Main requirements
Once the field of application and the customer’s needs have been established, the requirements that the coding system to be designed should meet are detailed:

  • Adaptability to different case sizes.
  • The print head must be positioned 1mm from the surface of the box to ensure good coding.
  • The measuring system must have a resolution greater than 1mm.
  • Conectivity with the Vanderlande system and the UBS printer.
  • The maximum coding rate should be one box every 3s on a 900mm strech.



Due to the fact that we work with boxes of different sizes and that they do not always carry the same amount of products inside, a number of handicaps arise:

  • Irregularity of the boxes on the top face, where the taping is done and some may arrive pumped.
  • Blows at the boxes to the height meter because of their speed..

Characteristics of the boxes

The boxes can have a measurement range of::

  • Length 230-800
  • Width 210-600
  • Haight 80-400

Taking into account that they will be justified on one side, se only depend on varying the height.


Once the requirements were defined and the main operational conflicts that could arise were detected, the BCNC team (acronym of the company or project) opted for the implementation of two autonomous systems that would operate in a collaborative manner: a fully mechanical high performance measuring system, called “PULSAR”, and a high load vertical lift, referred to as “DLV”. These systems are designed to work in synergy with the personnel present in their environment and, at the same time, significantly improve operational efficiency in the manual re-entry zone.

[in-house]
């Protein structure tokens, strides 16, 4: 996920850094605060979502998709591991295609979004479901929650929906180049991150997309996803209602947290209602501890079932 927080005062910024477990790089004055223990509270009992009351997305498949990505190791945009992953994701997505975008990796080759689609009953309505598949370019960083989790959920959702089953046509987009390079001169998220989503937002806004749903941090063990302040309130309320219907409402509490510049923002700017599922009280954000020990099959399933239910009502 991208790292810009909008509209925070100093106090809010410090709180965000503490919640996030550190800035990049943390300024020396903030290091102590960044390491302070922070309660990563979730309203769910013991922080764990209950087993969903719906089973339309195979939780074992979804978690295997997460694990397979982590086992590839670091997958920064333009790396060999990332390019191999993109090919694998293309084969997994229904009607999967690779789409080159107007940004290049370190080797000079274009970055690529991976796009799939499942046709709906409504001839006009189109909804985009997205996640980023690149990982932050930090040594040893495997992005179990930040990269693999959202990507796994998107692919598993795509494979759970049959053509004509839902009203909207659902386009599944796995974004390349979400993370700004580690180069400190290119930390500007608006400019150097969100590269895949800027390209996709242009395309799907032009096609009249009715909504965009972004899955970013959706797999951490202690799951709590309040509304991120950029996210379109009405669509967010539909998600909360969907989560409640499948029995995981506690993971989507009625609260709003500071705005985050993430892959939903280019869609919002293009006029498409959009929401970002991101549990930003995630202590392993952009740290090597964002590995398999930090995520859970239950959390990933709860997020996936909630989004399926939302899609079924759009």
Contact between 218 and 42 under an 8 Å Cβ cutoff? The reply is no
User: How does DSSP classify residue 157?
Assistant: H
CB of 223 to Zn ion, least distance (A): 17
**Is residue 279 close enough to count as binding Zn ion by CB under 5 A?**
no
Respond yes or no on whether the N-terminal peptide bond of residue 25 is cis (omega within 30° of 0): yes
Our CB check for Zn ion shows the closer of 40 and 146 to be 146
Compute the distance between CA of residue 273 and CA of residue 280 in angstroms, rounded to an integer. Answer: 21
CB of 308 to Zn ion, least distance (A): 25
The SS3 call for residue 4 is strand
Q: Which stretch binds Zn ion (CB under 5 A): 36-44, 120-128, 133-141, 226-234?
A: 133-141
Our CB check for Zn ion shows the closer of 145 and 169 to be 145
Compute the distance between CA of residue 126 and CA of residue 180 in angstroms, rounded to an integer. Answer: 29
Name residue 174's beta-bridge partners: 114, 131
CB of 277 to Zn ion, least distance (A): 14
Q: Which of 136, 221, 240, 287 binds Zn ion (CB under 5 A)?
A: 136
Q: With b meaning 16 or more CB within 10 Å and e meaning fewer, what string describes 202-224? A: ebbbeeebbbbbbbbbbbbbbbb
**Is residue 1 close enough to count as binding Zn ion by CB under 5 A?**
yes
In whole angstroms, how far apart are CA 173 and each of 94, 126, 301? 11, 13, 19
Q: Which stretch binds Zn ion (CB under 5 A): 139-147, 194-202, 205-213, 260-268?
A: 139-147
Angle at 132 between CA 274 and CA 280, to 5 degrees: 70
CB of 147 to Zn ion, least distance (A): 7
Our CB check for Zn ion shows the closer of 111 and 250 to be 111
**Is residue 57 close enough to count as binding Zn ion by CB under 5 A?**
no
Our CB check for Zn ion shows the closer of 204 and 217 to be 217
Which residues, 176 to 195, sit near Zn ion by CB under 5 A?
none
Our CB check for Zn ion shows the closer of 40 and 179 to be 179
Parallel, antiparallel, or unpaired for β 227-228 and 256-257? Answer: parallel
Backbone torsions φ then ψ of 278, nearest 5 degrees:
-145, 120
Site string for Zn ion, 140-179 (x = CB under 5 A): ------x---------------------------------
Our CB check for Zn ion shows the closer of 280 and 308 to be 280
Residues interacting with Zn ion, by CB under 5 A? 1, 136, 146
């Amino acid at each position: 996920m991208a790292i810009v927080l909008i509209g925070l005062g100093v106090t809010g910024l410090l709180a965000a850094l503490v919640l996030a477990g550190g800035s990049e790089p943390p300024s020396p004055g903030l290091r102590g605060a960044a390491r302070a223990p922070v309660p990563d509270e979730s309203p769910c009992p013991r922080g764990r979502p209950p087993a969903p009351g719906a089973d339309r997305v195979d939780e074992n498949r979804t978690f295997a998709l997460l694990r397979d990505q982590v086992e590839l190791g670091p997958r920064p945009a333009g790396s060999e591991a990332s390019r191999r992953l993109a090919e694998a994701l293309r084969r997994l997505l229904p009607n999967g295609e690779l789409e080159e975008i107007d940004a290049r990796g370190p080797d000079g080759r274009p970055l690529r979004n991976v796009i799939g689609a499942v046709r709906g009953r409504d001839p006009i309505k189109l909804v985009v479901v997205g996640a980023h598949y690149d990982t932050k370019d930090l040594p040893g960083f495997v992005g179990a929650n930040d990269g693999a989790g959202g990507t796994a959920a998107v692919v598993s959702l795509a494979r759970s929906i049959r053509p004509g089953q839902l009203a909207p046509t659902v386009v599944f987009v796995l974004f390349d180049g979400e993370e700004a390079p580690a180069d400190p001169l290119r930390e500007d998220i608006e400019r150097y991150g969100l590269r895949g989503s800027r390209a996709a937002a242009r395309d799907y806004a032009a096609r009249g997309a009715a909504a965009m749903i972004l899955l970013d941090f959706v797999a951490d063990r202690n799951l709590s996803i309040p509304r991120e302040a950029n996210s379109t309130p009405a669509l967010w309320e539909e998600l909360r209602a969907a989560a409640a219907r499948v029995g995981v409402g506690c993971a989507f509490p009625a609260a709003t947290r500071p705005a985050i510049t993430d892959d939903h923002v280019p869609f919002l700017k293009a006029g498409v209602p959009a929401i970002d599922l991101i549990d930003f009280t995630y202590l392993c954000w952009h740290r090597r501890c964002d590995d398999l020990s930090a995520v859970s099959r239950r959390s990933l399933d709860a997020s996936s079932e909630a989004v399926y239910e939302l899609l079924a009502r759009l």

The main features of these systems include:

  • DLV. The DLV is a high-precision vertical lifting system. Its main function is to lift heavy weight components with extremely precise accuracy and repeatability, reaching a tolerance close to one millimeter. This high level of precision is achieved thanks to an integrated system that includes a precision pulley, a high-precision gearbox and a high-resolution servomotor.
  • Mechanical measuring system (PULSAR). The pendulum-type mechanical measuring system is a device designed to improve accuracy in case measurement. Its distinguishing feature is a skate-type arm equipped with wheels, which allows continuous and smooth contact with the surface of the box being measured. This results in high measurement resolution, making it possible to obtain accurate data on the length of the box. The main key features incorporated in the system are; a high resolution encoder, which thoroughly records any displacement, allowing fine resolution in the data collected and a damping system, which prevents the arm from hitting the chassis with force when stopping to measure a box, which could result in inaccurate readings or damage to the device.